Pretend you don’t know anything about hockey. Take a look at this frozen moment of action. Where is the puck? Where is the play happening, and where is it not? Who is involved in the action, and who still has the potential to affect it? Who is violating the rules? More importantly, who is violating the rules and influencing the game to such an extent that a goal four seconds later should be waved off?
If you said Colorado No. 92, Gabriel Landeskog, up in the top right of the image leaving the ice—congratulations! You are the NHL Rulebook, and you are right. But maybe you shouldn’t be.
Welcome to another edition of NHL Ruletalk, where instead of thinking back fondly on a close-fought series between the Sharks and Avalanche, or looking ahead to the Western Conference final, or even dissecting a tight Game 7, we spend our time getting cranky over the rulebook and and yet another goddamned offside review. (Hockey Fever: catch it!...and then wait for the video review to see if a guy’s skate was an eighth of an inch above the blue line.) The Sharks won 3-2, and maybe they’d have won anyway if Colin Wilson’s second-period game-tying goal had been allowed to stand. But here we are again.
San Jose successfully challenged the play as offside. Landeskog was in the zone when the Sharks briefly brought the puck back out, and he skated to the bench to come off. But he was still at the door—on the wrong side of the blue line— when the Avalanche punched the puck back in. That’s offside.
“It’s a tough call to make, so hopefully they got it right,” said Landeskog. “Listen, there were 10 things I could’ve done differently on that play. Wish I got off the ice a lot quicker, and I should’ve jumped the boards. If I could’ve done it again…”
The replay officials did indeed get it right, by the letter of the law. But by the spirit of the law, the on-ice officials got it right too, by not calling anything (or perhaps by missing it completely, which leads to almost the exact same point). The point of the offside rule is to prevent attacking teams from having an unfair advantage—having a player or players in the offensive zone before the puck gets there. Landeskog, coming off the ice, provided the Avs no advantage.
Let’s take a look at the rulebook, because there’s nothing more exciting in hockey than a hushed sports bar or a morning-after water cooler gathering discussing subclauses on page 126. Rule 83 deals with offside, and 83.3 specifically with delayed offside, which is what this was at the moment the puck came out of the zone but Landeskog was still inside it. Eventually, 83.3 gets to this exact situation.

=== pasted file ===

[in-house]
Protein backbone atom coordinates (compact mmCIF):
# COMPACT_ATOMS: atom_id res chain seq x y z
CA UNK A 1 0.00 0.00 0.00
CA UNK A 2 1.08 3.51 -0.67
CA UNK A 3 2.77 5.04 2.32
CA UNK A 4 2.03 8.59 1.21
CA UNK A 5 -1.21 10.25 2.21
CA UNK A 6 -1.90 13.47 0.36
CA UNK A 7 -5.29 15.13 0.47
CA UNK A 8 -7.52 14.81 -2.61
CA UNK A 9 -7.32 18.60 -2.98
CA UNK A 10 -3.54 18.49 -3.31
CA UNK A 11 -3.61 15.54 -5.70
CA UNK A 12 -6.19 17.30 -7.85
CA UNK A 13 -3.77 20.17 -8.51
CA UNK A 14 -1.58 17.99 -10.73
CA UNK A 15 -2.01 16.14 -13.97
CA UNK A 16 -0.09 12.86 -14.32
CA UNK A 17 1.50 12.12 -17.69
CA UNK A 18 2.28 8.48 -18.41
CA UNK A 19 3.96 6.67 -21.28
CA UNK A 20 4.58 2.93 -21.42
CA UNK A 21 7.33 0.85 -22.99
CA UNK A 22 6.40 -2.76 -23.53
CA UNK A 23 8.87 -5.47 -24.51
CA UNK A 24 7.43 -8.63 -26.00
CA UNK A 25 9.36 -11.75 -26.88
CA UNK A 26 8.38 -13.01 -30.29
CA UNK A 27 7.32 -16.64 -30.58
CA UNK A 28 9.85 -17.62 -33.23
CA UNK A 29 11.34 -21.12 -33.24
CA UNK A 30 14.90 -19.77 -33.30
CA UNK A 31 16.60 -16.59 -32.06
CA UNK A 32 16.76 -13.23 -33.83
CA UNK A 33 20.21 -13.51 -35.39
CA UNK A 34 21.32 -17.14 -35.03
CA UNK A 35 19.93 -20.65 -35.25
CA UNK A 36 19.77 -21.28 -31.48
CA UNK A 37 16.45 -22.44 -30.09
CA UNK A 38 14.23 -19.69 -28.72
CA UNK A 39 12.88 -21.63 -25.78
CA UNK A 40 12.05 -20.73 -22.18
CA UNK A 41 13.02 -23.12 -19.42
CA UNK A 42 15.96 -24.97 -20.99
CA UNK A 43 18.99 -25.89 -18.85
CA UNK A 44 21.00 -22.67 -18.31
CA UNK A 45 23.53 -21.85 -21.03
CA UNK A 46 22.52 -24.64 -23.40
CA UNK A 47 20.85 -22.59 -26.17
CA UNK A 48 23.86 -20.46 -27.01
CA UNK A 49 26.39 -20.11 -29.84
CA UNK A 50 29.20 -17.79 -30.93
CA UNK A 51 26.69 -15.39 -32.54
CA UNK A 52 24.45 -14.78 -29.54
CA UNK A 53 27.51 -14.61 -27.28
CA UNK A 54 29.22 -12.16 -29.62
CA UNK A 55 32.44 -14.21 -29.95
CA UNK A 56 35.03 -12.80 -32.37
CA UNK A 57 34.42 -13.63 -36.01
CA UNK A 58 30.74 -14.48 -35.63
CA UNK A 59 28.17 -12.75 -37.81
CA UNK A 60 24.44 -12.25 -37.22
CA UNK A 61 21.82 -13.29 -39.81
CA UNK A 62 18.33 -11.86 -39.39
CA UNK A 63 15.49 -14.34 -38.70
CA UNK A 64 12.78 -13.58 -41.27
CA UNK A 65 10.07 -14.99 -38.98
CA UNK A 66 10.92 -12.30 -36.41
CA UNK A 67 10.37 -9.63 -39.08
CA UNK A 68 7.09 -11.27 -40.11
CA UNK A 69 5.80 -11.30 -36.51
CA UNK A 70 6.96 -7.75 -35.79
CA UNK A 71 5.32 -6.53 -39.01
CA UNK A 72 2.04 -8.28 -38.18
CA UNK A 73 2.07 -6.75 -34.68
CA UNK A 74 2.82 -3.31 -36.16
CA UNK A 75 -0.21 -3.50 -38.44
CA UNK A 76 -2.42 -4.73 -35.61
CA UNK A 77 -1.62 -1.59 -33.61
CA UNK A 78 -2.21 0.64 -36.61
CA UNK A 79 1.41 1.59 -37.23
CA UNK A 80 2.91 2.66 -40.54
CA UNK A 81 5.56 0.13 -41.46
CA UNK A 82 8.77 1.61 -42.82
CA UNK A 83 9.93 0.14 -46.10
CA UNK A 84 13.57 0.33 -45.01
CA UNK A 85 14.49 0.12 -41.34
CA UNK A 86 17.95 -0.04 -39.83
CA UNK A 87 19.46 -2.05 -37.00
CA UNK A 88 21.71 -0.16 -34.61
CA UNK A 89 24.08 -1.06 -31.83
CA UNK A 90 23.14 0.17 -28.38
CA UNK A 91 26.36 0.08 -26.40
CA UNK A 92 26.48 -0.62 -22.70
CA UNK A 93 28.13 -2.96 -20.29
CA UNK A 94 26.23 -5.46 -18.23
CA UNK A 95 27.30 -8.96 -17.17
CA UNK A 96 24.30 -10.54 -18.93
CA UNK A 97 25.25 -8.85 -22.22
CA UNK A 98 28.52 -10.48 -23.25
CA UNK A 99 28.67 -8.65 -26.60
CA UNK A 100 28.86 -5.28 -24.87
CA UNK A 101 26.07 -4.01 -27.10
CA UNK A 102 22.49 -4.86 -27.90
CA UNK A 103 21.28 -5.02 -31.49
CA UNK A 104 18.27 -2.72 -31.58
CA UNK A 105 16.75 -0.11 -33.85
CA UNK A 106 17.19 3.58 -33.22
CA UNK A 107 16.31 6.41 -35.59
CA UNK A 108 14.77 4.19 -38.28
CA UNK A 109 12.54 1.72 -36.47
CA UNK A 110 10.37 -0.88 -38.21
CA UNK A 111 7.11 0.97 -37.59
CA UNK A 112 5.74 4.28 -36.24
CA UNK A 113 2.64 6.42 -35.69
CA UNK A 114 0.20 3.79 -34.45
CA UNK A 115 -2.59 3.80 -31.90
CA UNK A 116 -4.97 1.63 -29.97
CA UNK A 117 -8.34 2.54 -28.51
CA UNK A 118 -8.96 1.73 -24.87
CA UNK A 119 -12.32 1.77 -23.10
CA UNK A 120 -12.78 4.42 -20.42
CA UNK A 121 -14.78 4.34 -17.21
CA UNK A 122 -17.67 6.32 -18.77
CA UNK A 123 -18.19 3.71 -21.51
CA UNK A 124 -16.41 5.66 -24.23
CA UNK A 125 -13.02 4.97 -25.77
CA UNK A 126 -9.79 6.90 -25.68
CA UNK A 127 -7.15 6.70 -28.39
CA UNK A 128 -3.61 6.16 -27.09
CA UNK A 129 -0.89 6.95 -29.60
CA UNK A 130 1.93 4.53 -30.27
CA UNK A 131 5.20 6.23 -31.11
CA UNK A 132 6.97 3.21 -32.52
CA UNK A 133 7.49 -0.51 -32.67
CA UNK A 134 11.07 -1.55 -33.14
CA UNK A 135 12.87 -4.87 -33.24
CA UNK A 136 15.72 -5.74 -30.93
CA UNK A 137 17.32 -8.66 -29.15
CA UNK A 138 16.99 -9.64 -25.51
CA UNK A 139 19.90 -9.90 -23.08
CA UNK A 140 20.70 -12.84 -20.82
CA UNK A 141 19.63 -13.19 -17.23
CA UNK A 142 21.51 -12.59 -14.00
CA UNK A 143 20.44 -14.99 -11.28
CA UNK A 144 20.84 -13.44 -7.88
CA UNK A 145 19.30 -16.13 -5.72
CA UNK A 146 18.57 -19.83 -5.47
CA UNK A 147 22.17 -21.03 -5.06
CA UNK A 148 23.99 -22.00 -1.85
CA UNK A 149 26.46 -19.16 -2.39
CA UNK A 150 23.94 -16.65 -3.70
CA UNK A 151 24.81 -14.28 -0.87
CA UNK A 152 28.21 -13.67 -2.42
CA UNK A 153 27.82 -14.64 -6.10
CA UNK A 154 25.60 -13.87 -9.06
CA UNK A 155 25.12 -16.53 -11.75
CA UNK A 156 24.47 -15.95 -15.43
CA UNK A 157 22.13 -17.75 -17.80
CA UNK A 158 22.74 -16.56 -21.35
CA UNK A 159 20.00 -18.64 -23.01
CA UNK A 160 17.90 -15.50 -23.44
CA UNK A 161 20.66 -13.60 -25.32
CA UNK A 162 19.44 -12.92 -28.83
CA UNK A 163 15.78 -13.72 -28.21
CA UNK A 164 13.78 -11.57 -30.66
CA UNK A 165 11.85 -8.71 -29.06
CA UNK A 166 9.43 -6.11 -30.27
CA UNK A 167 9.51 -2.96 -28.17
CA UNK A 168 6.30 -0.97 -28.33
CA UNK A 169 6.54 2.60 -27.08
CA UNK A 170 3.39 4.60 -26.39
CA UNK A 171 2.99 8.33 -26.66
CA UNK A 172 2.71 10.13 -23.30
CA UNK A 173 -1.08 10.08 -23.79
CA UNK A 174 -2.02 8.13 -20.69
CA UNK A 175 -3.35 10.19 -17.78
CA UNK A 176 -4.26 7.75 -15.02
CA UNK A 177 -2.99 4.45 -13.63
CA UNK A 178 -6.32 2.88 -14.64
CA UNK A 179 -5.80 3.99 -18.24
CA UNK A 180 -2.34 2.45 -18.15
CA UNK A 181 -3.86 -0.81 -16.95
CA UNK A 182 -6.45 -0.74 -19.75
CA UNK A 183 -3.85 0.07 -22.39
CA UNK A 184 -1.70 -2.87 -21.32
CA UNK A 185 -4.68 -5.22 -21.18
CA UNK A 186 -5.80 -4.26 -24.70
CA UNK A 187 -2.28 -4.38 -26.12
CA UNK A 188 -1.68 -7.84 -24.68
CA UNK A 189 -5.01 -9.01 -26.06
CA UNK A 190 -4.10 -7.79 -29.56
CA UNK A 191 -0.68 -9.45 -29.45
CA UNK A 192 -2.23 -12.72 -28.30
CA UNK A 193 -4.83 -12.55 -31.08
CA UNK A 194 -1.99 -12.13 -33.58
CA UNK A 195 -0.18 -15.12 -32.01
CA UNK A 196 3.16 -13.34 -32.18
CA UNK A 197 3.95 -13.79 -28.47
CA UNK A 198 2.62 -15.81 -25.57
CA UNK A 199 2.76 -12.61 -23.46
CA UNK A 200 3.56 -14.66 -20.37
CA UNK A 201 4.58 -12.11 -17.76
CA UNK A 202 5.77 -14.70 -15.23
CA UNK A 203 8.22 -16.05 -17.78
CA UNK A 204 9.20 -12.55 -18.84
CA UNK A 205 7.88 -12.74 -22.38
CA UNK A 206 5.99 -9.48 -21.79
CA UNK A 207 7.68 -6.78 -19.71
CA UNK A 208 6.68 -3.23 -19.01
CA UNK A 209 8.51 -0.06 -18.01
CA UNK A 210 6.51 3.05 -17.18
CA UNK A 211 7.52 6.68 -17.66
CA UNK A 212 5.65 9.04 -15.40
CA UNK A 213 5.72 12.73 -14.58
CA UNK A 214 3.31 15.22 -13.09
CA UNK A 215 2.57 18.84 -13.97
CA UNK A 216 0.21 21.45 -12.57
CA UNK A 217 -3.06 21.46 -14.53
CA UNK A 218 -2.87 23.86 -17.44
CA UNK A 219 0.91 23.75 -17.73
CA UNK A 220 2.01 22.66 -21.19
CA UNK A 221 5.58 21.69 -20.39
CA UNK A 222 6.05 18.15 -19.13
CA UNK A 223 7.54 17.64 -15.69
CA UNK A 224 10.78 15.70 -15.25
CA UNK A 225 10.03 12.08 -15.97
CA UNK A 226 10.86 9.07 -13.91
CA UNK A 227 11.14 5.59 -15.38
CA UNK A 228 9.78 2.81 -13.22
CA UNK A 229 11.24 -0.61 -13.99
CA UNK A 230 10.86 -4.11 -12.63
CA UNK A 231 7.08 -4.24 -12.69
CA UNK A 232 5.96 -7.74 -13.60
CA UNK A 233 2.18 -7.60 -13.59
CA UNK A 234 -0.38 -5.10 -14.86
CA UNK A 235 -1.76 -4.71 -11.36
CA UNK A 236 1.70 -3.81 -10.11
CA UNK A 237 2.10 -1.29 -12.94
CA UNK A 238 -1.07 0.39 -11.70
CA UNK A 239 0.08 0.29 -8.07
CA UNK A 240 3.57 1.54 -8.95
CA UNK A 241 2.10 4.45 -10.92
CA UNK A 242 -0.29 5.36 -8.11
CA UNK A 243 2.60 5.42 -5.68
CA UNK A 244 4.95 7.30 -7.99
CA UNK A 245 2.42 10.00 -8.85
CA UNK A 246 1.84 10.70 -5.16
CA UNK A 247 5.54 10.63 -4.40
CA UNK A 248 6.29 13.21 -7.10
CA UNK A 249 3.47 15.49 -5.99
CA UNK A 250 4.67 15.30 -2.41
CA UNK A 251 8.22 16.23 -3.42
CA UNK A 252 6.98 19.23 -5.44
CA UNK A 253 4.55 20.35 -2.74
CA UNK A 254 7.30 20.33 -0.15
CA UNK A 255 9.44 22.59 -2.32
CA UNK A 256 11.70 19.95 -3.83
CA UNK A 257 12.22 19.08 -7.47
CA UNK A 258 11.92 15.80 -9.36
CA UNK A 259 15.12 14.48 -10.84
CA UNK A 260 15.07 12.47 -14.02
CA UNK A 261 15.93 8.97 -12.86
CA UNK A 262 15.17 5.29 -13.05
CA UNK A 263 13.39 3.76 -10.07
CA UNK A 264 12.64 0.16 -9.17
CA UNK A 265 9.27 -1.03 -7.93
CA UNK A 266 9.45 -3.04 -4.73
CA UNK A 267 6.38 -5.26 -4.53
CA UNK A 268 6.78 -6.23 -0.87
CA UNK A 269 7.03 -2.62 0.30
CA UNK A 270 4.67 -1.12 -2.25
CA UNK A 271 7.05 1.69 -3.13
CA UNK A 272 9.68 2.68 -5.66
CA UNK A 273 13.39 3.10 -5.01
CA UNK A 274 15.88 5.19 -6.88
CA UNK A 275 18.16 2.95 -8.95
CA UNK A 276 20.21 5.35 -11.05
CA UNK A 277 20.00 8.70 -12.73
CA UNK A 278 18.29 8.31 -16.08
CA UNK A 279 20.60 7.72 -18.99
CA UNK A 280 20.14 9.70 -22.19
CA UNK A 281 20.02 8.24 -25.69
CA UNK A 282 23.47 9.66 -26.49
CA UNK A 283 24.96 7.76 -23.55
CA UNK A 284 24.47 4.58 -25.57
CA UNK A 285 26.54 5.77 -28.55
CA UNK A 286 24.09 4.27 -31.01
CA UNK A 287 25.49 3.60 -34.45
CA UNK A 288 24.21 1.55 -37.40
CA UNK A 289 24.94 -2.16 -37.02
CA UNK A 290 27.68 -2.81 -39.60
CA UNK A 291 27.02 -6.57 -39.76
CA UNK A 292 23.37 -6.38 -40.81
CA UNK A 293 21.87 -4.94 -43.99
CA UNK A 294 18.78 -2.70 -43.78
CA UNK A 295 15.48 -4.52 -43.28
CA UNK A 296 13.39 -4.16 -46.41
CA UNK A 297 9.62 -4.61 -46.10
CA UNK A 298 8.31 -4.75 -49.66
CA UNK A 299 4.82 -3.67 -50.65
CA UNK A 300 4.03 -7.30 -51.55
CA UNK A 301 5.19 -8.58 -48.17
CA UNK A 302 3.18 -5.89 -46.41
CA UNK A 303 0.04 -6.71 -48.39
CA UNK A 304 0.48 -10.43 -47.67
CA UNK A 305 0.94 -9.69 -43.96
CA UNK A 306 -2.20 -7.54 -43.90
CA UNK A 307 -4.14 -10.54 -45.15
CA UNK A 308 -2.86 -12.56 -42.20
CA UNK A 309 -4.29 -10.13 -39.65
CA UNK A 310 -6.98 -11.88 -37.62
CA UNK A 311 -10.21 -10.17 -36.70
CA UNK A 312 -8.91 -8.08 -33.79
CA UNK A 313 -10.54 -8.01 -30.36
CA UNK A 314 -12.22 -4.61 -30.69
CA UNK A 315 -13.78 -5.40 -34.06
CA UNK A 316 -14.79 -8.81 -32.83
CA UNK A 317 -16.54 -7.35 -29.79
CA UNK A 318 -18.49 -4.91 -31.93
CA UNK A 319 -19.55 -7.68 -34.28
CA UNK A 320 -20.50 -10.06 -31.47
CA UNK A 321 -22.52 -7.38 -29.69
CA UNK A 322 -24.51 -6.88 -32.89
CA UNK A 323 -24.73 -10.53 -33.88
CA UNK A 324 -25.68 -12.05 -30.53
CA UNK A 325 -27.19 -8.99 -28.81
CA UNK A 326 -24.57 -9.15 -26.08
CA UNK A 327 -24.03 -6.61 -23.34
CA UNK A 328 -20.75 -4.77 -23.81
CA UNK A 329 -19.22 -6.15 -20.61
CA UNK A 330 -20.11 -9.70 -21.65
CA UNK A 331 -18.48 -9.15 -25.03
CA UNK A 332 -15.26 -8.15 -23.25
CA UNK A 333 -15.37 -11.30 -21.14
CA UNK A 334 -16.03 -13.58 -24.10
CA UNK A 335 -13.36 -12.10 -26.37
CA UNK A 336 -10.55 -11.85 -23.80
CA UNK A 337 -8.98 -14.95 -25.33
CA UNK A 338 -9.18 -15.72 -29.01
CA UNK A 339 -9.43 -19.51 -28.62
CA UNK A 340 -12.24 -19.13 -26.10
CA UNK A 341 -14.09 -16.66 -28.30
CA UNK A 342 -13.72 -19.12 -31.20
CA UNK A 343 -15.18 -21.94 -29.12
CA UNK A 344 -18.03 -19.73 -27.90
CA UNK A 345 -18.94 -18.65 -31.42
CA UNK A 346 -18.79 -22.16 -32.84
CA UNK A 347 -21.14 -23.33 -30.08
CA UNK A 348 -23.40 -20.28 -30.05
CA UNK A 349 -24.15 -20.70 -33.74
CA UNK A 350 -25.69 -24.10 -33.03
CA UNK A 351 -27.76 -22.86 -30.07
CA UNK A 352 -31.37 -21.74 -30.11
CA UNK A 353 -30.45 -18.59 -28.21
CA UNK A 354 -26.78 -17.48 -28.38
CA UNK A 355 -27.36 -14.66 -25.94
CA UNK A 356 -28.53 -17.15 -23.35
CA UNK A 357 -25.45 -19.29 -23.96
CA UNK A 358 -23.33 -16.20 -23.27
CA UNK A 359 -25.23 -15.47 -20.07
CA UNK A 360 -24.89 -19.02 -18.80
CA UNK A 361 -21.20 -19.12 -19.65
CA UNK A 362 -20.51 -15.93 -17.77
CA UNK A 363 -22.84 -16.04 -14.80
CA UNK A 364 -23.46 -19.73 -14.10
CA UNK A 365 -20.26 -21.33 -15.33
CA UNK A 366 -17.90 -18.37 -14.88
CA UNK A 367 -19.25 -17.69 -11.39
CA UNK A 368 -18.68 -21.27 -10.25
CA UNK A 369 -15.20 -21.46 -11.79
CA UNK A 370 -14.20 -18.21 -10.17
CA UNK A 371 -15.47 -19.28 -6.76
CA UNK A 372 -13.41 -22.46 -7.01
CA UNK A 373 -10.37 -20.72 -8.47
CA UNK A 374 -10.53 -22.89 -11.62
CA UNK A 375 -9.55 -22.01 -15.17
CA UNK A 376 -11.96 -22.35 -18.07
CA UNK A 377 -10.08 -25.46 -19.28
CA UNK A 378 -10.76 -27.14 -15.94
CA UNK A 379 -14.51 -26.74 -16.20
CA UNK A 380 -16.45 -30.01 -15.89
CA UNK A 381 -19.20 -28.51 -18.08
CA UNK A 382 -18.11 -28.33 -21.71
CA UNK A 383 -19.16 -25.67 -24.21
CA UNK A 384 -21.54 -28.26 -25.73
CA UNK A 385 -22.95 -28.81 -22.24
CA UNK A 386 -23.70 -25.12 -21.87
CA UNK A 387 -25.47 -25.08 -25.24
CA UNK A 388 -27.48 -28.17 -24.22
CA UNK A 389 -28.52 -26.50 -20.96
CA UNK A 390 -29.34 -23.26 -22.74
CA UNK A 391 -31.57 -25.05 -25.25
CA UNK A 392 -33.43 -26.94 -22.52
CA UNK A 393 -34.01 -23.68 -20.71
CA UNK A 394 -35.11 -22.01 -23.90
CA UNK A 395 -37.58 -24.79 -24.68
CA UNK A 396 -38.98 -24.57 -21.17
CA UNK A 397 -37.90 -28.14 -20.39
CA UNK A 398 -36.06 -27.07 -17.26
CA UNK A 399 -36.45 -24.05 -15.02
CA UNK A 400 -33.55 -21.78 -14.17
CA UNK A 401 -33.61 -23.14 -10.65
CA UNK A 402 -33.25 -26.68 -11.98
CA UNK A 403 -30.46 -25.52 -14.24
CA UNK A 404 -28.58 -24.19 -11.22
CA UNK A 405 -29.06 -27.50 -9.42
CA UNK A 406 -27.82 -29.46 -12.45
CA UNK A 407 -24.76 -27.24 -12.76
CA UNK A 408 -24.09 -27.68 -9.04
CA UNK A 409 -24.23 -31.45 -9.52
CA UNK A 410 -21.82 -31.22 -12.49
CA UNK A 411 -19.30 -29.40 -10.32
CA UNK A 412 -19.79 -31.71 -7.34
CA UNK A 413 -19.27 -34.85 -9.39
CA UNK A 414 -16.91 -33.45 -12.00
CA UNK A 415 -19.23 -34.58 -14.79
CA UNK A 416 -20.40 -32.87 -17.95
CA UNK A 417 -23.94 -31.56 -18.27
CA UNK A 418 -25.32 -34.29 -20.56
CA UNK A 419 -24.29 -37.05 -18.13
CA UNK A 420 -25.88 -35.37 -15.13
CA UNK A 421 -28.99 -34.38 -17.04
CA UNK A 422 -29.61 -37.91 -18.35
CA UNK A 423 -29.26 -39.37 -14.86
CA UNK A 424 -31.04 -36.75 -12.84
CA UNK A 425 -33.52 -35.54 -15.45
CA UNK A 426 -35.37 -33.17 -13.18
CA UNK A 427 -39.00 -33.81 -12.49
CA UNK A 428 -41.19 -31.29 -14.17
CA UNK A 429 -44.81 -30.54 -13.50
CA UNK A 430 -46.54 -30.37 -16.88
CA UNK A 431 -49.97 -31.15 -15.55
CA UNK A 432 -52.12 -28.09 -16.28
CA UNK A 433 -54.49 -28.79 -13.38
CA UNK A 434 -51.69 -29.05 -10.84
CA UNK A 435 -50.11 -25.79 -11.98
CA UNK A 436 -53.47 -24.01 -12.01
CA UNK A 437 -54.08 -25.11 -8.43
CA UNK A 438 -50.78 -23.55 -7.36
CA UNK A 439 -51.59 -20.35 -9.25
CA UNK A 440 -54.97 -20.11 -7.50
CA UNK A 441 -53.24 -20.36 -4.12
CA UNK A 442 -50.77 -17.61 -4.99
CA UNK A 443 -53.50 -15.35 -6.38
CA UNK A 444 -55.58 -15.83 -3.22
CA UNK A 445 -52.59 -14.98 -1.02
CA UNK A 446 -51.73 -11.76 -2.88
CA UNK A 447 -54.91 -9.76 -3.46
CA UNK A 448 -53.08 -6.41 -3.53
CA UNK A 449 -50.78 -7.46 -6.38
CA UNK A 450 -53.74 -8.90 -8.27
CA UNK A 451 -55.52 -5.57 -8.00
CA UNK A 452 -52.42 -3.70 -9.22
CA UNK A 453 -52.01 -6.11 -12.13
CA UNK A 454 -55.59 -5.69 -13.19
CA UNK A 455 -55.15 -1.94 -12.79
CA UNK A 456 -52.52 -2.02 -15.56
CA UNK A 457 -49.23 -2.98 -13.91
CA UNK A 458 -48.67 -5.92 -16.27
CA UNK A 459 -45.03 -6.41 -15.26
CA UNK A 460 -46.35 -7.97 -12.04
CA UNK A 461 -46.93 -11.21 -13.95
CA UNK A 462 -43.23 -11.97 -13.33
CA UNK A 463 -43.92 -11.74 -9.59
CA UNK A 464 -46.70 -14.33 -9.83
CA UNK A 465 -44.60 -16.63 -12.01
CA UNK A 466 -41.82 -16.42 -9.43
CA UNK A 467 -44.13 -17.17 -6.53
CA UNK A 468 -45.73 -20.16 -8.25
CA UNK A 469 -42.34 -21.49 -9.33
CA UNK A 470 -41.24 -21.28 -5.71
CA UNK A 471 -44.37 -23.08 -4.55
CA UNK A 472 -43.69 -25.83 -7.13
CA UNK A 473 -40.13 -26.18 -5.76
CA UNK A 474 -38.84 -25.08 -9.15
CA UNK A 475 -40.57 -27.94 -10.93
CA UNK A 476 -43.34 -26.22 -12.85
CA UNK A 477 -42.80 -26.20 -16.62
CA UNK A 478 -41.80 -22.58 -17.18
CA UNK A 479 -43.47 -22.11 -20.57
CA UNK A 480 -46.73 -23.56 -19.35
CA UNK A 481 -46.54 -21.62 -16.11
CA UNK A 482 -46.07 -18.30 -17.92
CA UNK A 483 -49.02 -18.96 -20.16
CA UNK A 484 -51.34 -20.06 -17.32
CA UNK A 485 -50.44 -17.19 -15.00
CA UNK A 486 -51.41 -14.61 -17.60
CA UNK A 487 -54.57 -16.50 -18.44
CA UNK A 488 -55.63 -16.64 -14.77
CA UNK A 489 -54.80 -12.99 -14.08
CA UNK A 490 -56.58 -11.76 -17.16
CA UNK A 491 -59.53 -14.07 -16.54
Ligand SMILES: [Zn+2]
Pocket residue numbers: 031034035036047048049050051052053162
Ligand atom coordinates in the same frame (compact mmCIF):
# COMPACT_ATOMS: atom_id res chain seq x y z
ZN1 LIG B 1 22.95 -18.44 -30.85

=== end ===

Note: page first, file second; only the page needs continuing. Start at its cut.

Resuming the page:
If, during a delayed off-side, an attacking player in the attacking zone elects to proceed to his players’ bench (which extends into the attacking zone) to be replaced by a teammate, he shall be considered to have cleared the zone provided he is completely off the ice and his replacement comes onto the ice in the neutral zone. If his replacement comes onto the ice in the attacking zone, if the delayed off-side is still in effect, he too must clear the attacking zone.
(I don’t know what this means, if anything, but the NHL’s official explanation of the ruling, which they issue after every video review, doesn’t even get this specific. It only cites the most basic definition of offside, and leaves it to you to find the part that actually applied to this play.)
So, to be onside, Landeskog would have had to have been fully back on the bench, not merely stepping off. That’s fundamentally wrong, I think—enforcing this rule as written is arbitrary, when the same basic concept is interpreted much more liberally dozens of times a game.
On just about every line change, fresh skaters hop over the boards just as the skaters they’re replacing glide up to the bench, but before they’re completely off the ice. That’s fine. That’s what the NHL in 2019 looks like. Everyone has agreed that as long as a skater is out of the play, he’s off, for all intents and purposes. To put it another way: By the letter of the law, the Avalanche could have been penalized for too many men on the ice here, because Wilson was out before Landeskog was off. But the officials never, not in a million years, would have called that penalty, and if they had, it would bring an outrage to end all outrages. But what’s the difference between the two? Why treat Landeskog as “on the ice” in last night’s ruling but not in the case of a normal line change?
The normal, relaxed definition of who’s on the ice and who’s not is the spiritually and practically correct one, because of the even more fundamental qualm with last night’s ruling: Landeskog was not involved in the play. He did not touch the puck, nor did he attempt to. He did not draw a defender away from the action. He had absolutely nothing to do with the subsequent goal that wasn’t, and he did not give the Avalanche an advantage. A common-sense reading of the rulebook leaves little doubt that this rule should be rewritten, or at least reinterpreted. It’d be more logical for players, and better for fans—both old, who must be so tired of this, and new, who might well be convinced they will never, ever understand the offside rule.
And now I’ve written 850 words about a playoff offside review, and, trust me, I am very annoyed by that fact.